A new digital forensics unit and expanded digital investigations team will crack down on criminal activity involving devices smuggled into jails, was announced by Prisons Minister, Lucy Frazer QC MP. The state-of-the-art lab will be equipped with cutting-edge technology to analyse the growing number of mobile phones seized in prisons.
With strengthened security leading to a rise in contraband seizures, there is increasing evidence that prisoners are using advanced technology to access the dark web, encrypt their messages and use social media in jail. Staffed by specialist digital experts, the unit will investigate offenders carrying out illicit communications to further their criminal operations from inside prison walls.
The new unit is part of the government’s £100 million investment in prison security, with tough airport-style security and phone-blocking technology to clampdown on violence, self-harm and crime behind bars. Prisons Minister, Lucy Frazer QC MP said: “We know that the ways in which criminals conduct their business is advancing – with prisoners harnessing new technology and the dark web to further their operations behind bars.
Bolstering our powers to detect and disrupt this kind of crime is a key element of our £100 million investment in prison security. Alongside airport-style scanners, metal detectors and phone blockers, we will crack down on those who continue to commit crime and wreak havoc in our jails.” The new technology will identify perpetrators more quickly and produce improved digital evidence that is more likely to bring a successful prosecution in court.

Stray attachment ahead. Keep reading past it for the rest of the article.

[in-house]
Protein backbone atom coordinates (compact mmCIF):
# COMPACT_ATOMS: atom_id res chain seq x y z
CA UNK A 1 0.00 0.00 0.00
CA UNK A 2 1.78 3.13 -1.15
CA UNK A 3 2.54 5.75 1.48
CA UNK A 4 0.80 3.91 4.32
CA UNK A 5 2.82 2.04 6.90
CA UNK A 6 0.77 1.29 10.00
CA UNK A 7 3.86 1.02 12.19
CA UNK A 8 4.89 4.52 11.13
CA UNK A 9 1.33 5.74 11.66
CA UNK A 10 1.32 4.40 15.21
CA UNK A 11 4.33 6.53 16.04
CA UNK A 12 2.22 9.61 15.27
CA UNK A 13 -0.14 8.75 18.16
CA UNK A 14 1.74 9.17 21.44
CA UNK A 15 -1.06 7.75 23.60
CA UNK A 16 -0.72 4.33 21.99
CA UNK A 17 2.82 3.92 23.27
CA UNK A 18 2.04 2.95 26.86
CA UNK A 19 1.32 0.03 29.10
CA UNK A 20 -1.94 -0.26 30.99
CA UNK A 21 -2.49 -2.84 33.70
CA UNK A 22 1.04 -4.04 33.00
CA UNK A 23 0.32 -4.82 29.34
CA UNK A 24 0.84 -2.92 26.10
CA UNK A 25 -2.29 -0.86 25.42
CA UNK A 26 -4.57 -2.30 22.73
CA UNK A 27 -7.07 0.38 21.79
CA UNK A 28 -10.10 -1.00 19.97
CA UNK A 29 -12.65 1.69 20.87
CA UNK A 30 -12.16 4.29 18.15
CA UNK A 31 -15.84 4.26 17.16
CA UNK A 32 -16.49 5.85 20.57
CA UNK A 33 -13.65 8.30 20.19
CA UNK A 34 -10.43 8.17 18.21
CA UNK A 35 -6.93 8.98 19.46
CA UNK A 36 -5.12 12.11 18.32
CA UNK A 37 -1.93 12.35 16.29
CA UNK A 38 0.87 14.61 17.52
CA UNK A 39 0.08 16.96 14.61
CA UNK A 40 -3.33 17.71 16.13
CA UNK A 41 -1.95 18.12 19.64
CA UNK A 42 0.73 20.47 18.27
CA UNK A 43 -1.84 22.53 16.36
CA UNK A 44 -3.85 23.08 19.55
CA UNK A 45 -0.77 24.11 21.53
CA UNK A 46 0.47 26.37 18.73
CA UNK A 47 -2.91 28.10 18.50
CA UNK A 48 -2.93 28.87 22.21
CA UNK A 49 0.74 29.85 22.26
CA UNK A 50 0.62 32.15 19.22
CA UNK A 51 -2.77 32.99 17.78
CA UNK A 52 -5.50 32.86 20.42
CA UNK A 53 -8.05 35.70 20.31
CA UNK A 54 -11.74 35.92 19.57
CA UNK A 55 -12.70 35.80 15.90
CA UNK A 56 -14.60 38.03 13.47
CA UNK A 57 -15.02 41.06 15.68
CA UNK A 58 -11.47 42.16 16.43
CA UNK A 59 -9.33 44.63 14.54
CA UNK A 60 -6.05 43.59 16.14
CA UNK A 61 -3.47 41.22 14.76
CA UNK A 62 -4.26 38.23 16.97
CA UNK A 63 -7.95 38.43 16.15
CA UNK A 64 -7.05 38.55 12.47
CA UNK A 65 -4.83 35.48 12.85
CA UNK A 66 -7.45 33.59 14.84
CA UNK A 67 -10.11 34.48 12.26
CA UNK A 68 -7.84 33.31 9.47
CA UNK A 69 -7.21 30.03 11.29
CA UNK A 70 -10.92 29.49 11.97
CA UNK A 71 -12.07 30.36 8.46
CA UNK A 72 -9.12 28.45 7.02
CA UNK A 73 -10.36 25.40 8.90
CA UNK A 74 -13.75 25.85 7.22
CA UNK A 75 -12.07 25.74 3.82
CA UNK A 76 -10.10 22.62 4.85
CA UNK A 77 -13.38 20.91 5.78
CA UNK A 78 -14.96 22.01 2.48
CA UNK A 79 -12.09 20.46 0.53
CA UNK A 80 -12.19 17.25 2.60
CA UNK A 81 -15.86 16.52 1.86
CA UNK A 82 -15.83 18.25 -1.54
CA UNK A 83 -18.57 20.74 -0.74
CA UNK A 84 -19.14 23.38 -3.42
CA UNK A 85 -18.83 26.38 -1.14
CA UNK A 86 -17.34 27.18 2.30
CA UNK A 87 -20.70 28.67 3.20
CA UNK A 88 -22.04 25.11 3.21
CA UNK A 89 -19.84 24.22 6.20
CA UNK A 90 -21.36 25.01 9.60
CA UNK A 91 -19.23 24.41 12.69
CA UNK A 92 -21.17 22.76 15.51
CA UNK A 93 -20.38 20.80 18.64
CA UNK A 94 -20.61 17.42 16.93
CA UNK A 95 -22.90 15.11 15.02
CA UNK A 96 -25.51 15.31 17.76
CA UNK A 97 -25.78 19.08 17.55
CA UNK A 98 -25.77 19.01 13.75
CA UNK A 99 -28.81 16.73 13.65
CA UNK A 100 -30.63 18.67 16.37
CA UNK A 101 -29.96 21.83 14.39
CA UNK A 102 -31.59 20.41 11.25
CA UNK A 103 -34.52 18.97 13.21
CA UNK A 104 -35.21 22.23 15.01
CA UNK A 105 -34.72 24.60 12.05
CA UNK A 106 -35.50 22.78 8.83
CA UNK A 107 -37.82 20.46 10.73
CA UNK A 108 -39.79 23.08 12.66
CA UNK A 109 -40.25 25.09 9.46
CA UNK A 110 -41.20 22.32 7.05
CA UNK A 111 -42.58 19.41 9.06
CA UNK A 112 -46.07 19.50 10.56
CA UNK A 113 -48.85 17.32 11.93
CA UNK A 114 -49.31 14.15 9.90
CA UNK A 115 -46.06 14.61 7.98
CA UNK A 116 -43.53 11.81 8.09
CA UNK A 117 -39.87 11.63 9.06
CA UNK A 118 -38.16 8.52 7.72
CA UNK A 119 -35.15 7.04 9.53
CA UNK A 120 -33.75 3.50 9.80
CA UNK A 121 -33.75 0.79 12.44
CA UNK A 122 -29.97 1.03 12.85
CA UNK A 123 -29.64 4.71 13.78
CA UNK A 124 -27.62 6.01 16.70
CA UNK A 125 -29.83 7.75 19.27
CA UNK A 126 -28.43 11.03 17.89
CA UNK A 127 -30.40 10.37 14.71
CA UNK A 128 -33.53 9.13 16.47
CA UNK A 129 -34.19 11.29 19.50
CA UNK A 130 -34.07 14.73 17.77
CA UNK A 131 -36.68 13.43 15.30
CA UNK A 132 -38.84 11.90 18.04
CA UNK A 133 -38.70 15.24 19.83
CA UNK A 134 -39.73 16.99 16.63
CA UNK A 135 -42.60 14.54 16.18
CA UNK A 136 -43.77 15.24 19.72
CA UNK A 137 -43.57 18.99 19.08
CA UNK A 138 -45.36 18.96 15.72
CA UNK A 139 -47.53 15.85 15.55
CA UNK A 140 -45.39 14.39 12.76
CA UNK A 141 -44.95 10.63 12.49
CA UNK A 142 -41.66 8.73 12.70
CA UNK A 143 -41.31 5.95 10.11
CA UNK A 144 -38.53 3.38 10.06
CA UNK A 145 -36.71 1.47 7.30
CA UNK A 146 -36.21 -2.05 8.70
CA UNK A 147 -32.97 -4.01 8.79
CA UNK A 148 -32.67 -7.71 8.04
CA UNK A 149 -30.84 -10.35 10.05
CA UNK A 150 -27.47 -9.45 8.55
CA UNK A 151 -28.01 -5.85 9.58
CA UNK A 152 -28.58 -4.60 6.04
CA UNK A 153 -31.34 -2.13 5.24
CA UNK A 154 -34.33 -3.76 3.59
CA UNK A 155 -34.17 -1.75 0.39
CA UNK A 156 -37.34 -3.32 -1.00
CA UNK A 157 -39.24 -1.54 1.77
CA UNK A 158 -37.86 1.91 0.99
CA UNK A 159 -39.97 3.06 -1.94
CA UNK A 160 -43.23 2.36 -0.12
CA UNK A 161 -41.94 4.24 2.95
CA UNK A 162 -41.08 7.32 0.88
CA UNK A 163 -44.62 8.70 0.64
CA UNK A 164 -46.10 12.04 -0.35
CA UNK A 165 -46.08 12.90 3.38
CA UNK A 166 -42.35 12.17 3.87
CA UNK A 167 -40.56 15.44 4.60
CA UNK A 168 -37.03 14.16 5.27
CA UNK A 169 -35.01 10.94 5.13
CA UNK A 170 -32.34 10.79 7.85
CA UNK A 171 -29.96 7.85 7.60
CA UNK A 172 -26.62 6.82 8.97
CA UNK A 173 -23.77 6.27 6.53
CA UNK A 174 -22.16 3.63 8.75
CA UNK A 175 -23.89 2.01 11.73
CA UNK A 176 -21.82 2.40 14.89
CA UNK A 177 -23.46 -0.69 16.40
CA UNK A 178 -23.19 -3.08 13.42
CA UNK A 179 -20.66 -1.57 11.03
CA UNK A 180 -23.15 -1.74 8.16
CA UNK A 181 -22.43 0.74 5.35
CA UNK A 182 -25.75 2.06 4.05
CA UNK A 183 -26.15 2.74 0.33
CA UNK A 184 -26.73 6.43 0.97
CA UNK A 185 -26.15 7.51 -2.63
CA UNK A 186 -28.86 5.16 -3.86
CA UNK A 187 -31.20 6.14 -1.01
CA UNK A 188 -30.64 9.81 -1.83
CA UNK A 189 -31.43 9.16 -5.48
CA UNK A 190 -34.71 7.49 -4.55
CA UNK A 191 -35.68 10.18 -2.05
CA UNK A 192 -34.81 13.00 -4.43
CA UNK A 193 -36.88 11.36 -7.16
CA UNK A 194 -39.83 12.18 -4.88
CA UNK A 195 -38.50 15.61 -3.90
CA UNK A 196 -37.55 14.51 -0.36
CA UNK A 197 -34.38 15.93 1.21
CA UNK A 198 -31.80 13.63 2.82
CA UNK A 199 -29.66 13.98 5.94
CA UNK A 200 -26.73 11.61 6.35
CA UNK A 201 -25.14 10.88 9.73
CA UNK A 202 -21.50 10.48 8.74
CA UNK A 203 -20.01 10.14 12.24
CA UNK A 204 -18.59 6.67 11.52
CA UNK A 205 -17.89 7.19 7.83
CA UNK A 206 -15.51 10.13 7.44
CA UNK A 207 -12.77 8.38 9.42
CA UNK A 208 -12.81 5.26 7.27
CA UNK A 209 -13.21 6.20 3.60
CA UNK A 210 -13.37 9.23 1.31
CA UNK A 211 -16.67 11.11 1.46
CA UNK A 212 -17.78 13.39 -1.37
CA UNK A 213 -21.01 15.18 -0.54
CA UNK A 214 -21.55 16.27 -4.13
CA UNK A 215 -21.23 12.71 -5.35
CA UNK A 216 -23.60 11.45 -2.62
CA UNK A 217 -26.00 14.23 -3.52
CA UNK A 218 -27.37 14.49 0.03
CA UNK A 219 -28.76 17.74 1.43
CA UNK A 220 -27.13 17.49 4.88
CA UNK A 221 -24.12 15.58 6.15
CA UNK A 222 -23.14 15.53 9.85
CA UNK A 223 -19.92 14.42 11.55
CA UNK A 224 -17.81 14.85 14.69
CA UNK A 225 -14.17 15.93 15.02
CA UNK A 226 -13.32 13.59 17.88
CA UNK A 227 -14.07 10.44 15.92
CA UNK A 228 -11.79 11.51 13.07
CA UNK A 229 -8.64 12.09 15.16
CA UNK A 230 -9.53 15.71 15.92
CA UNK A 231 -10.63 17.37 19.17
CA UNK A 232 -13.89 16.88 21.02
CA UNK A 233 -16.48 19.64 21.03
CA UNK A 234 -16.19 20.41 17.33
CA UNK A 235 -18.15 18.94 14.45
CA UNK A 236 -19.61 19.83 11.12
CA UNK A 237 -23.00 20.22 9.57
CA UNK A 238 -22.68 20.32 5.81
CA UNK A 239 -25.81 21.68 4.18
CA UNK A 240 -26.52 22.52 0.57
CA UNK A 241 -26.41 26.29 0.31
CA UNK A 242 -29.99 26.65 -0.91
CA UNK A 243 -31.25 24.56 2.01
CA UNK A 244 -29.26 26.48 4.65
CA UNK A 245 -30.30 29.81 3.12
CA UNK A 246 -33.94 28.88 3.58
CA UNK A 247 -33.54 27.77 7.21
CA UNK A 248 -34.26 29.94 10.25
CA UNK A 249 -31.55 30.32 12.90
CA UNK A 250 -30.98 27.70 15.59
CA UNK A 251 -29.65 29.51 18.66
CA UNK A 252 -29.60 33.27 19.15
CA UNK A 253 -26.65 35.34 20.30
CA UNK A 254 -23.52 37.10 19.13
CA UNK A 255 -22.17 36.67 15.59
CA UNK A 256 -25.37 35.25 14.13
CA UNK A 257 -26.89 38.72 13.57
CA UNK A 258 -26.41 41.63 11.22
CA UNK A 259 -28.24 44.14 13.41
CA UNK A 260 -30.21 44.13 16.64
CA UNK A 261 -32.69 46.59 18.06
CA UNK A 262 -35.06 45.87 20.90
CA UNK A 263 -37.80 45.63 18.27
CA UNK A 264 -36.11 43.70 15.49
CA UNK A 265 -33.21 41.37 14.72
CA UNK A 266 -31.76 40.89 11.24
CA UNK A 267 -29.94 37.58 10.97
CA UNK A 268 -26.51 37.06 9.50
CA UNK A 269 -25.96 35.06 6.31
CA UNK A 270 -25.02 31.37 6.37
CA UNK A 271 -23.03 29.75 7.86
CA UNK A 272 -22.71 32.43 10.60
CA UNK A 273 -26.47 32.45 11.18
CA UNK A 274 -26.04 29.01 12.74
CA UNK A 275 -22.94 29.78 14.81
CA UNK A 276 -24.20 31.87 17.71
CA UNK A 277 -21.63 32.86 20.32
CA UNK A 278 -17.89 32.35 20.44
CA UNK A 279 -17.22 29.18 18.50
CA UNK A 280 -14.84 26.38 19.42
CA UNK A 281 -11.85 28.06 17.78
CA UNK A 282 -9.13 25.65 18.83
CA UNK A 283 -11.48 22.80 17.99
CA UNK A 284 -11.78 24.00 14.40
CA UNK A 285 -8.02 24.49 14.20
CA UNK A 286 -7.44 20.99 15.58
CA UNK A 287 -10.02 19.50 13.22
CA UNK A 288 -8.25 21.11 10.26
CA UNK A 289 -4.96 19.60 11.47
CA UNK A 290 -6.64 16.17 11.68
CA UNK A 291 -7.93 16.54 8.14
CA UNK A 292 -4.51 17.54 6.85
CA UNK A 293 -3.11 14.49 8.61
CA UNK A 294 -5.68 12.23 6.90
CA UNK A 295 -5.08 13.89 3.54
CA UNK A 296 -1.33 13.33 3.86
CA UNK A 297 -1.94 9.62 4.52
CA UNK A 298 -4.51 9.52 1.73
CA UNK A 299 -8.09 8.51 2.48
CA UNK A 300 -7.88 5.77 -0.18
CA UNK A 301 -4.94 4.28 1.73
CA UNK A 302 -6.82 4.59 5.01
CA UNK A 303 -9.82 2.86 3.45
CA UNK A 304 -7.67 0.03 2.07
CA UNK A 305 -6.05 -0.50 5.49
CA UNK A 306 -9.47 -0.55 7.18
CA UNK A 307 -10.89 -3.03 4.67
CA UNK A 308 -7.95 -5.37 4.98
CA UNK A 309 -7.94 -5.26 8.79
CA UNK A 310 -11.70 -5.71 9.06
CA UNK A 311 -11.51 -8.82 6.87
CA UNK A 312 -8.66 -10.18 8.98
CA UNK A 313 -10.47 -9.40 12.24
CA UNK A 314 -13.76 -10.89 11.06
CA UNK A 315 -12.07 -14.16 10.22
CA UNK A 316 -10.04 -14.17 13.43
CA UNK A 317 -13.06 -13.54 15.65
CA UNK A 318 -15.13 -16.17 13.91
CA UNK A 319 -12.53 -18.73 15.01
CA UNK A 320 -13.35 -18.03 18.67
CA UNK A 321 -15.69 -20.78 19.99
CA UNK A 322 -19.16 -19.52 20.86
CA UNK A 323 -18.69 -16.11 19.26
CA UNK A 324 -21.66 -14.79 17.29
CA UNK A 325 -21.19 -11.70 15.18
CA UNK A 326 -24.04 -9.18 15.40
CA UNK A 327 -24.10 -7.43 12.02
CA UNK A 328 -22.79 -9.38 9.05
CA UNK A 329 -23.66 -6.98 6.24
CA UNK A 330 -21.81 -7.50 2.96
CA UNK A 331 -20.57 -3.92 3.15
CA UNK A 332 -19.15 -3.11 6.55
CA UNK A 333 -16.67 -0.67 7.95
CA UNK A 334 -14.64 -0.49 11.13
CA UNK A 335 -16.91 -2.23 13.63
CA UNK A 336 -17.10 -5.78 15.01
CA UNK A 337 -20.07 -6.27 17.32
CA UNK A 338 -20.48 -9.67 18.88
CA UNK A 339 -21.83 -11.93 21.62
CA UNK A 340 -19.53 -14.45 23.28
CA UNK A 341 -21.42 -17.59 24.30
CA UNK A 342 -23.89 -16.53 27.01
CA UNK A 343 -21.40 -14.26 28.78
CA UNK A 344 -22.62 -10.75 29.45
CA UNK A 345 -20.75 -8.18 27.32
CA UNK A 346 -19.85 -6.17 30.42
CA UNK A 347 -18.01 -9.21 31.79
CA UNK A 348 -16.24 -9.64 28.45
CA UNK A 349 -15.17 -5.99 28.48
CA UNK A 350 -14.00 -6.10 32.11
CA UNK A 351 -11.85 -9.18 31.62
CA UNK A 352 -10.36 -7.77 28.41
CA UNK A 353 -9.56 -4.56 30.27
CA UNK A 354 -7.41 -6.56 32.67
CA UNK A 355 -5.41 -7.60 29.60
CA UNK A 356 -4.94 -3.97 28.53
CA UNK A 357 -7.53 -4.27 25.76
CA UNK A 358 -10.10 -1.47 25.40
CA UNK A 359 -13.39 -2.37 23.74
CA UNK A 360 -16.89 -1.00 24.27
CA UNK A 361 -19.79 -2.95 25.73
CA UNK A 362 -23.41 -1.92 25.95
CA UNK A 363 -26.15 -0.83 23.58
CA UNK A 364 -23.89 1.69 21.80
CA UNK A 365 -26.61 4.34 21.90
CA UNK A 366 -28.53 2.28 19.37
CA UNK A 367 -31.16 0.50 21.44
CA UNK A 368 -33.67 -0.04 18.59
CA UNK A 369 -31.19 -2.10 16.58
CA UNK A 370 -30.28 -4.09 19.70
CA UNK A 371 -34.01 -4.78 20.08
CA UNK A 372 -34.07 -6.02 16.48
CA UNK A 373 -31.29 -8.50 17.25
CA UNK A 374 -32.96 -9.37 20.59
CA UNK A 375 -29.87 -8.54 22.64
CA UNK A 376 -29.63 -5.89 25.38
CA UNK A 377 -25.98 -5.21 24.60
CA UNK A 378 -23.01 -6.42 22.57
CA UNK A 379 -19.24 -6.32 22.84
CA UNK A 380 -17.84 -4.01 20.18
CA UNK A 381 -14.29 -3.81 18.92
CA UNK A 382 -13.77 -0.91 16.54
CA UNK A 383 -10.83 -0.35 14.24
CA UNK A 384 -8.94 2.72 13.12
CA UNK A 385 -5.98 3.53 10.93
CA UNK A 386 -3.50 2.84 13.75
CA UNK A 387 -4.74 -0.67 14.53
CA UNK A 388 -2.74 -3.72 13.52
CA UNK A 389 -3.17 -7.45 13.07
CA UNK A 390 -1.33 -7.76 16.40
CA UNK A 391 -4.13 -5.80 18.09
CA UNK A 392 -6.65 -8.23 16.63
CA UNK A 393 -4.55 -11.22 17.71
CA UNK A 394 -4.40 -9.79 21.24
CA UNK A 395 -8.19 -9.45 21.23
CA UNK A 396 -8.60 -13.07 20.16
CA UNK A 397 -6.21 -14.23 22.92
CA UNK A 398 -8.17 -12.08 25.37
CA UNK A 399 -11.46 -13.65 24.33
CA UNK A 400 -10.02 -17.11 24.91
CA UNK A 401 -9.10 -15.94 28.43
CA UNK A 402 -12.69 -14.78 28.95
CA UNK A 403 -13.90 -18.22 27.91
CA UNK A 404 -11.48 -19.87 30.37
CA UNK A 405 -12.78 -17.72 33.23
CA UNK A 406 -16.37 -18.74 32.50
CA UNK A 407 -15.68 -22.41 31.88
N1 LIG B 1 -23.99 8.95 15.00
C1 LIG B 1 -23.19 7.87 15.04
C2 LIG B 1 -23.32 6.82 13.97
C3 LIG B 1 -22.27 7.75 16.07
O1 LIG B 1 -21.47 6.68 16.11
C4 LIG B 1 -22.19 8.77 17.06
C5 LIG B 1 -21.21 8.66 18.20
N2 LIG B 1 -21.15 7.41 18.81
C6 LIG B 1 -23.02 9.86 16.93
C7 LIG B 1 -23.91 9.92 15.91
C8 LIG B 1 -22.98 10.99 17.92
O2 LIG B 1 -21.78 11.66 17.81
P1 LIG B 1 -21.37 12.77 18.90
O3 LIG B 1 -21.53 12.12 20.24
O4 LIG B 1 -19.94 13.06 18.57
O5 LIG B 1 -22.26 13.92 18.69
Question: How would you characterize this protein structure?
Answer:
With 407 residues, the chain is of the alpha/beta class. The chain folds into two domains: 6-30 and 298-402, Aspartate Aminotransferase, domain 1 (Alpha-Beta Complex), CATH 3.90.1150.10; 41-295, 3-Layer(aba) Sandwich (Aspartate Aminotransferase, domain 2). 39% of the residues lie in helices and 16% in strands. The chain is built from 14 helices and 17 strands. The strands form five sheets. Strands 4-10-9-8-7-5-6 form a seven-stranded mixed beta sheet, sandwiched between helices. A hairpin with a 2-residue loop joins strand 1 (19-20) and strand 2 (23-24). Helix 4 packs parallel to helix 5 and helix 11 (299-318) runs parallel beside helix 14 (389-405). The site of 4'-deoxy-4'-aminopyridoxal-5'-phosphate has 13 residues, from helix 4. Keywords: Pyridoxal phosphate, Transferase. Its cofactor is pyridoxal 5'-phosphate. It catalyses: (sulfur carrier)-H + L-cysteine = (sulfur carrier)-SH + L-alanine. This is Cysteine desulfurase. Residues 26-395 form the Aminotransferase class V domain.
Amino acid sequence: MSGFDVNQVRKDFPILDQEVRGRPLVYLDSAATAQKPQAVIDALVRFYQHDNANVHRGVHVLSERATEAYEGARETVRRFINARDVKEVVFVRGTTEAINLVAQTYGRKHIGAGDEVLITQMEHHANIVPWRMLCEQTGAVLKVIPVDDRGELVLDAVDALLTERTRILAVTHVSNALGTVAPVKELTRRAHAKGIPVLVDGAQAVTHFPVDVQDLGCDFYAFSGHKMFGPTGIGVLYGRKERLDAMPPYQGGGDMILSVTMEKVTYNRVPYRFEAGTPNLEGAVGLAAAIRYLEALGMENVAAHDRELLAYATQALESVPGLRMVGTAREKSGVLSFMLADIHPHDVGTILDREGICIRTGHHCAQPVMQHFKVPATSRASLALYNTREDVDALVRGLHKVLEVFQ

It will also offer opportunities to gather intelligence on how phones are being used to commit crime and detect and disrupt criminal activity in the wider community. More than 20,000 mobile devices and SIM cards are seized in prisons each year. The number of smartphones seized is also growing – with 1 in 3 phones examined by the Prison Service now having these capabilities. The specialist digital forensics team is being funded from the government’s previously announced £2.75 billion package to transform the prison estate.